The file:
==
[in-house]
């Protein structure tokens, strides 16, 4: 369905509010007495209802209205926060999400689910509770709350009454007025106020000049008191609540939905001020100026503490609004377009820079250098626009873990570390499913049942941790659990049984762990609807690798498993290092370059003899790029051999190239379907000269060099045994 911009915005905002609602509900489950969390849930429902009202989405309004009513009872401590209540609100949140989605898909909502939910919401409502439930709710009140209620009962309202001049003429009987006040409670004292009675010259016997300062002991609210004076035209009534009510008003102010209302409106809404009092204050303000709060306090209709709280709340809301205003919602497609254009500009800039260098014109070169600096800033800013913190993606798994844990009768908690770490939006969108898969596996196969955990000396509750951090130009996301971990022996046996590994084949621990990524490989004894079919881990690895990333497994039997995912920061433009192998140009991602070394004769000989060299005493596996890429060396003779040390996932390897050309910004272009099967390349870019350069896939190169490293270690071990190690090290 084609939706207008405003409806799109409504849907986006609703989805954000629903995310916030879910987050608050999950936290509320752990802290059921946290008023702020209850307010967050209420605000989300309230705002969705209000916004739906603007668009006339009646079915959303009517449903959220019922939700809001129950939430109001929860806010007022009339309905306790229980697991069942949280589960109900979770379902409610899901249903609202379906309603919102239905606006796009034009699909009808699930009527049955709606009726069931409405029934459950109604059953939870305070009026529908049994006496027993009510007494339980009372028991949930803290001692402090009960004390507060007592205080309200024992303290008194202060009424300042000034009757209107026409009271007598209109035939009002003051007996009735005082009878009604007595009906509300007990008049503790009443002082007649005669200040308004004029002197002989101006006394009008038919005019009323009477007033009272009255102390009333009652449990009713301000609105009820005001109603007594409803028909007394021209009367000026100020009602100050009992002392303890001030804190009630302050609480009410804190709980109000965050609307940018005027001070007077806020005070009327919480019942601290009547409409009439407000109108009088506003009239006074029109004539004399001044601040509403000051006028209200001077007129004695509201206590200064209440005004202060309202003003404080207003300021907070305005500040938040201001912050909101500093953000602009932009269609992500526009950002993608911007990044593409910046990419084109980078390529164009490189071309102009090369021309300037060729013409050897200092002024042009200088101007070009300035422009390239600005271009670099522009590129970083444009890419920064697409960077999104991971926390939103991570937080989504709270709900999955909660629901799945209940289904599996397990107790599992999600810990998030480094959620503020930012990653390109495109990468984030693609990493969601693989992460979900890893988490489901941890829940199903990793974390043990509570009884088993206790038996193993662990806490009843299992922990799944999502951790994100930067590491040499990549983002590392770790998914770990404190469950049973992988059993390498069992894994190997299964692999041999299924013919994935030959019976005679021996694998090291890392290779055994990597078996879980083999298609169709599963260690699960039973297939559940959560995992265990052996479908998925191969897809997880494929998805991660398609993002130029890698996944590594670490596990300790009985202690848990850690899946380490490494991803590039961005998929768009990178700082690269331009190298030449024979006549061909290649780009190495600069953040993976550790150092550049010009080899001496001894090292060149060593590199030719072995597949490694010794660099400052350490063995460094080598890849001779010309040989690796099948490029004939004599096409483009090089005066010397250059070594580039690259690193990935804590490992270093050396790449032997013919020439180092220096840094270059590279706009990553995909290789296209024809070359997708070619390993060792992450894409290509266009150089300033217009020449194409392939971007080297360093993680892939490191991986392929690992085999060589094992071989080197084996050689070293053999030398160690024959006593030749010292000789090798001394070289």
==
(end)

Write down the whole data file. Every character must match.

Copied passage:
[in-house]
């Protein structure tokens, strides 16, 4: 369905509010007495209802209205926060999400689910509770709350009454007025106020000049008191609540939905001020100026503490609004377009820079250098626009873990570390499913049942941790659990049984762990609807690798498993290092370059003899790029051999190239379907000269060099045994 911009915005905002609602509900489950969390849930429902009202989405309004009513009872401590209540609100949140989605898909909502939910919401409502439930709710009140209620009962309202001049003429009987006040409670004292009675010259016997300062002991609210004076035209009534009510008003102010209302409106809404009092204050303000709060306090209709709280709340809301205003919602497609254009500009800039260098014109070169600096800033800013913190993606798994844990009768908690770490939006969108898969596996196969955990000396509750951090130009996301971990022996046996590994084949621990990524490989004894079919881990690895990333497994039997995912920061433009192998140009991602070394004769000989060299005493596996890429060396003779040390996932390897050309910004272009099967390349870019350069896939190169490293270690071990190690090290 084609939706207008405003409806799109409504849907986006609703989805954000629903995310916030879910987050608050999950936290509320752990802290059921946290008023702020209850307010967050209420605000989300309230705002969705209000916004739906603007668009006339009646079915959303009517449903959220019922939700809001129950939430109001929860806010007022009339309905306790229980697991069942949280589960109900979770379902409610899901249903609202379906309603919102239905606006796009034009699909009808699930009527049955709606009726069931409405029934459950109604059953939870305070009026529908049994006496027993009510007494339980009372028991949930803290001692402090009960004390507060007592205080309200024992303290008194202060009424300042000034009757209107026409009271007598209109035939009002003051007996009735005082009878009604007595009906509300007990008049503790009443002082007649005669200040308004004029002197002989101006006394009008038919005019009323009477007033009272009255102390009333009652449990009713301000609105009820005001109603007594409803028909007394021209009367000026100020009602100050009992002392303890001030804190009630302050609480009410804190709980109000965050609307940018005027001070007077806020005070009327919480019942601290009547409409009439407000109108009088506003009239006074029109004539004399001044601040509403000051006028209200001077007129004695509201206590200064209440005004202060309202003003404080207003300021907070305005500040938040201001912050909101500093953000602009932009269609992500526009950002993608911007990044593409910046990419084109980078390529164009490189071309102009090369021309300037060729013409050897200092002024042009200088101007070009300035422009390239600005271009670099522009590129970083444009890419920064697409960077999104991971926390939103991570937080989504709270709900999955909660629901799945209940289904599996397990107790599992999600810990998030480094959620503020930012990653390109495109990468984030693609990493969601693989992460979900890893988490489901941890829940199903990793974390043990509570009884088993206790038996193993662990806490009843299992922990799944999502951790994100930067590491040499990549983002590392770790998914770990404190469950049973992988059993390498069992894994190997299964692999041999299924013919994935030959019976005679021996694998090291890392290779055994990597078996879980083999298609169709599963260690699960039973297939559940959560995992265990052996479908998925191969897809997880494929998805991660398609993002130029890698996944590594670490596990300790009985202690848990850690899946380490490494991803590039961005998929768009990178700082690269331009190298030449024979006549061909290649780009190495600069953040993976550790150092550049010009080899001496001894090292060149060593590199030719072995597949490694010794660099400052350490063995460094080598890849001779010309040989690796099948490029004939004599096409483009090089005066010397250059070594580039690259690193990935804590490992270093050396790449032997013919020439180092220096840094270059590279706009990553995909290789296209024809070359997708070619390993060792992450894409290509266009150089300033217009020449194409392939971007080297360093993680892939490191991986392929690992085999060589094992071989080197084996050689070293053999030398160690024959006593030749010292000789090798001394070289």